Introduction: Fish Feeder Using Arduino

This instructable was created in fulfillment of the project

requirement of the Makecourse at the University of South Florida (

Components Needed:

1 x Arduino Uno R3 board

1 x Full-size breadboard

1 x USB Cable (provided with the Arduino board)

1 x USB Power Adapter (for powering the Fish Feeder)


Any small container (hotel shampoo bottle or old fish food bottle) to put the fish food in. If wanted, can use 3D Printer to print own food container.

1 x 10k Resistor

1x IR Receiver

1 x IR Remote

1 x IIC 1602 LCD

1 x SG90 9G servo

1 x IIC Cable

5 x 10x3/4" screws

Female to female cable

Breadboard Jumper wires.

Equipments needed:

A computer with Autodesk Inventor and Arduino IDE software installed.

Power drill (to drill holes for the fish food container)

3D Printer


Step 1: Print the 3D Parts

The parts that need to be

printed is the container for the fish feeder. Here is the STL file of the box and the lit, it is ready to be 3D printed.

I used the Markerbot Replicator 2 to print the parts and it took around 8 hours to print all of the parts. The printing setting is 100% scale so it is life size.

Step 2: Writing the Program for the Arduino

The attached Arduino sketch contains the program that control

the Fish Feeder. Load the program using the Arduino IDE. Make sure you have imported the IRremote library and the LiquidCrystal_I2C to the Arduino IDE. These library can be found on

To use your own remote control to control the fish feeder, please change the case setting of the remote control by open the Serial Moniter, select serial port to 9600 and as the pressed any button on that remote. A number should appear. Take that number and replace my own number with the number that you just obtained in the Arduino sketch to reprogram the Arduino sketch to work with your remote control.

Step 3: Wiring the System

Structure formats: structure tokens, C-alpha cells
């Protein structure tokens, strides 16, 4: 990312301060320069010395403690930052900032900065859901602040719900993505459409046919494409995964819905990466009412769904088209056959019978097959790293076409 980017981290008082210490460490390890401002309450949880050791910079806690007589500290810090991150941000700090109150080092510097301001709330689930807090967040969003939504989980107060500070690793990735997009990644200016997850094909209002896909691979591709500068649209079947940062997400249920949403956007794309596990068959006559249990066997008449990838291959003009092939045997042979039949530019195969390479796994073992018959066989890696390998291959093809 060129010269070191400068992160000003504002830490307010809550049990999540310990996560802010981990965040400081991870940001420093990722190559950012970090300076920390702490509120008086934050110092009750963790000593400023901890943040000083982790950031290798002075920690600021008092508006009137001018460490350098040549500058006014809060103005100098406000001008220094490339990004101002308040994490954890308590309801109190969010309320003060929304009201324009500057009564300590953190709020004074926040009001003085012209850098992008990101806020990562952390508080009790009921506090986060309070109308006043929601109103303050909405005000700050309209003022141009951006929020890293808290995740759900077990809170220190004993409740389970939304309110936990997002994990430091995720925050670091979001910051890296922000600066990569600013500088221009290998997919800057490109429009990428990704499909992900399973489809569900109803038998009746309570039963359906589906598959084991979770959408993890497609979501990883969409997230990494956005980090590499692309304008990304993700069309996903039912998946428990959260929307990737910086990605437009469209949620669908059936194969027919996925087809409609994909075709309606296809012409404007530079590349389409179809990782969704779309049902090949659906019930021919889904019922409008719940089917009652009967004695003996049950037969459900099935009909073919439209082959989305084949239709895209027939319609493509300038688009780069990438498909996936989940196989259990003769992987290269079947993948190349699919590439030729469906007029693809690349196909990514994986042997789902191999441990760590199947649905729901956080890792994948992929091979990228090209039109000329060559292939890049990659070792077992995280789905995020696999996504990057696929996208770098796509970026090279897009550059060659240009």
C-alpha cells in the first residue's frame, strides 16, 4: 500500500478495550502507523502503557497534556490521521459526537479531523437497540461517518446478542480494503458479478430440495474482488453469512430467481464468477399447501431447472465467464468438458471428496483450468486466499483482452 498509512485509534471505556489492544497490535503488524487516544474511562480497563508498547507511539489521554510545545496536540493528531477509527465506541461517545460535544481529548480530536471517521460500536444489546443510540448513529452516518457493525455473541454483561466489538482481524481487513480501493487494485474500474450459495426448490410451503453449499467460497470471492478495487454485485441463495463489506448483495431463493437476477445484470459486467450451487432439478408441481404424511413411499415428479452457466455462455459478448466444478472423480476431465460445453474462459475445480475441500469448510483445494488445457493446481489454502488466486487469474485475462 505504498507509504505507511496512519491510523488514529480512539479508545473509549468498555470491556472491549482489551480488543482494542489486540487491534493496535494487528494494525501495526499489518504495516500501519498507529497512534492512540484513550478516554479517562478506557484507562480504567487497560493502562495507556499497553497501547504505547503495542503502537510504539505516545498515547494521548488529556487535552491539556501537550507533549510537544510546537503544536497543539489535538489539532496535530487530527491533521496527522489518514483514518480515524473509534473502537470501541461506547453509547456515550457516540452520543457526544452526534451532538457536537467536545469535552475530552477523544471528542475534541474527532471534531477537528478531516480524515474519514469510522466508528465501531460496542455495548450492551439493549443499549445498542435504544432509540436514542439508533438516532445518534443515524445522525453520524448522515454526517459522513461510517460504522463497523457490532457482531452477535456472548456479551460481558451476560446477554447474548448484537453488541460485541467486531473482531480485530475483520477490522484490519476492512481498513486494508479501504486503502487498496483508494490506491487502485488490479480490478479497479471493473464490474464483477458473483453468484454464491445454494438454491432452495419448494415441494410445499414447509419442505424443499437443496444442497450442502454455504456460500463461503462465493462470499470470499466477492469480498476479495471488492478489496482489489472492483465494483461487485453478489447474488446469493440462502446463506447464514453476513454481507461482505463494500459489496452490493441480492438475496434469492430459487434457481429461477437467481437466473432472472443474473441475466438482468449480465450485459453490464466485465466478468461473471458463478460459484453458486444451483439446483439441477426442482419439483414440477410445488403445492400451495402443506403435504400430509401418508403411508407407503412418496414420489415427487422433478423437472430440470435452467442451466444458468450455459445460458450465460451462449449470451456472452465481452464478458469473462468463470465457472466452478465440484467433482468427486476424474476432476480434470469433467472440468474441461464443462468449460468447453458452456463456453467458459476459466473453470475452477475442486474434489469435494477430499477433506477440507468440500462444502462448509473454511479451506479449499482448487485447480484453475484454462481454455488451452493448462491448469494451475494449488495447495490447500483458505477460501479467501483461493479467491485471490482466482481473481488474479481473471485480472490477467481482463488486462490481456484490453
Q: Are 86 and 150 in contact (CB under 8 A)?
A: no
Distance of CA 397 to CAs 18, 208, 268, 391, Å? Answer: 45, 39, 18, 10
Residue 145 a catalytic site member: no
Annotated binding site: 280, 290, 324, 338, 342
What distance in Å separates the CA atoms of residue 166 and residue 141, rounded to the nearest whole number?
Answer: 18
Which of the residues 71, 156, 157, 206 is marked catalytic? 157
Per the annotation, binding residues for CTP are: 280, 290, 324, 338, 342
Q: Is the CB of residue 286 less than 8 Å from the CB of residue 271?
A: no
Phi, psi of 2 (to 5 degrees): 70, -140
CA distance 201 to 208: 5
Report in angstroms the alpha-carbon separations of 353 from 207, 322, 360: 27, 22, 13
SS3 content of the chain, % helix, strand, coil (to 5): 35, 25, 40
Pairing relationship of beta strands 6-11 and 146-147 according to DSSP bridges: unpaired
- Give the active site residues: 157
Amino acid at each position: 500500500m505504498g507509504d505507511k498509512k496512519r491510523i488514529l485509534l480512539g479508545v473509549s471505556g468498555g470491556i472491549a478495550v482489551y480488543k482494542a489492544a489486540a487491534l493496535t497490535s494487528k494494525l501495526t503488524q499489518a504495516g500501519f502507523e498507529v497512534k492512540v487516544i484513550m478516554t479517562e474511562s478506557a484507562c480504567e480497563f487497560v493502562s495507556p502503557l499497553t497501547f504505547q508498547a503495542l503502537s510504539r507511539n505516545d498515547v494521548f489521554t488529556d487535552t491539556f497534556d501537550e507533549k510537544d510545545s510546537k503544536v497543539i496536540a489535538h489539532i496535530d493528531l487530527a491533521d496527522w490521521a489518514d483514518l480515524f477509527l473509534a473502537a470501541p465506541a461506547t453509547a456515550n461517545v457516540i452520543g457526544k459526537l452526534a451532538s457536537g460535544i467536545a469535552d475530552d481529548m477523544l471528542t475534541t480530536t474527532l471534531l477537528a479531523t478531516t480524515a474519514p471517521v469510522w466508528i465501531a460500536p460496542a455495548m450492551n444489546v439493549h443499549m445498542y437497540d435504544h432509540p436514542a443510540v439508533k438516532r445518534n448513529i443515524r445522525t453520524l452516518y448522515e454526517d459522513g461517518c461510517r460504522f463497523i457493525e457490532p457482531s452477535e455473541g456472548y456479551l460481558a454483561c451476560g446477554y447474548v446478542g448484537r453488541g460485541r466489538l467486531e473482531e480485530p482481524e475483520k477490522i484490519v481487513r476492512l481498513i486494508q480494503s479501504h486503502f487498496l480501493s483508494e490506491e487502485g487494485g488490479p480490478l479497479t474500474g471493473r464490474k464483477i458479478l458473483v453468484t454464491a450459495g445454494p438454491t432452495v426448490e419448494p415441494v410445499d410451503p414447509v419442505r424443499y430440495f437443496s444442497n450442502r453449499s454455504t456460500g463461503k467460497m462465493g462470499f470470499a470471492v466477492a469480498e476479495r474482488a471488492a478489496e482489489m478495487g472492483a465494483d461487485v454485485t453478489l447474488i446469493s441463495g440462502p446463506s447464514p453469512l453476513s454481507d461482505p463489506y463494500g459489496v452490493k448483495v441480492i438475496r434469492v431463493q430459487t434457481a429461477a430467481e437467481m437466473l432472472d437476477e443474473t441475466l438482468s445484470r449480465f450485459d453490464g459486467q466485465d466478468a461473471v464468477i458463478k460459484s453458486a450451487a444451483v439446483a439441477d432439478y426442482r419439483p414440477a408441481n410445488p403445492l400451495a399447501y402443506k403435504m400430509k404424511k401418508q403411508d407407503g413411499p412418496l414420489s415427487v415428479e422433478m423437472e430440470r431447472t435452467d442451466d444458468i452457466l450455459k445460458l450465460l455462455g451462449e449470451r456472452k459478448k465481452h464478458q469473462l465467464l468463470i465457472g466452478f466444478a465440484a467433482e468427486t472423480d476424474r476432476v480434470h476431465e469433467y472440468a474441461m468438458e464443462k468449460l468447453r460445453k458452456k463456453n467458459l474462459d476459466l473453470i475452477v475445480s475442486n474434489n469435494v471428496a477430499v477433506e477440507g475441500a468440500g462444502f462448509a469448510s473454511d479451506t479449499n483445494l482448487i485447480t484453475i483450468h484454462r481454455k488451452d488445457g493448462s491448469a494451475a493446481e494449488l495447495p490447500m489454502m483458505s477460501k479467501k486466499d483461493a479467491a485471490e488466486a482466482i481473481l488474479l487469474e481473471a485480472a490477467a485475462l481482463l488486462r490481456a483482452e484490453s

Use the diagram above and follow it to wire the components

of the fish feeder to the Arduino board. Remember that the IR receiver should be plugged in the pin 11 and the Servo to pin 9. Also, use the 10k resistor listed above to complete the circuit.

Step 4: Assemble the Finished Product

Put all of the components into the box. The cutouts are made
to be the exact size for a perfect fit.

The large rectangle in the front is use for housing the LCD display. Use a little force and gently push the LCD from the inside out. It should snaps right in. Notice a small hole/cutout near the LCD cutout. That hole is for the IRreceiver. Please make sure the IRreciever goes through that hole and face outwards to the signal can be transfer without any interference.

Turn to the right side; the first slot is for the servo. Same as the LCD, just snap the servo from the inside out and it should perfectly fit the outer housing. Then use blu-tack to attached the fish food container with the servo. Please remember to use a power drill to drill holes for the food container. The hole shouldn’t be too small, be generous with the size as the bigger the hole, the easier for the food to drop down but don’t make it too big as it might cause all of the food to fall down.

The last port is for the USB Cable to goes through for powering the fish feeder.

Use the image attached as a guide for the exact position each component.

To make the fish feeder more stable, use glue and glue the bottom of the Arduino boards and breadboards to the housing.

Close the lid and secure it by using the screws mentioned above.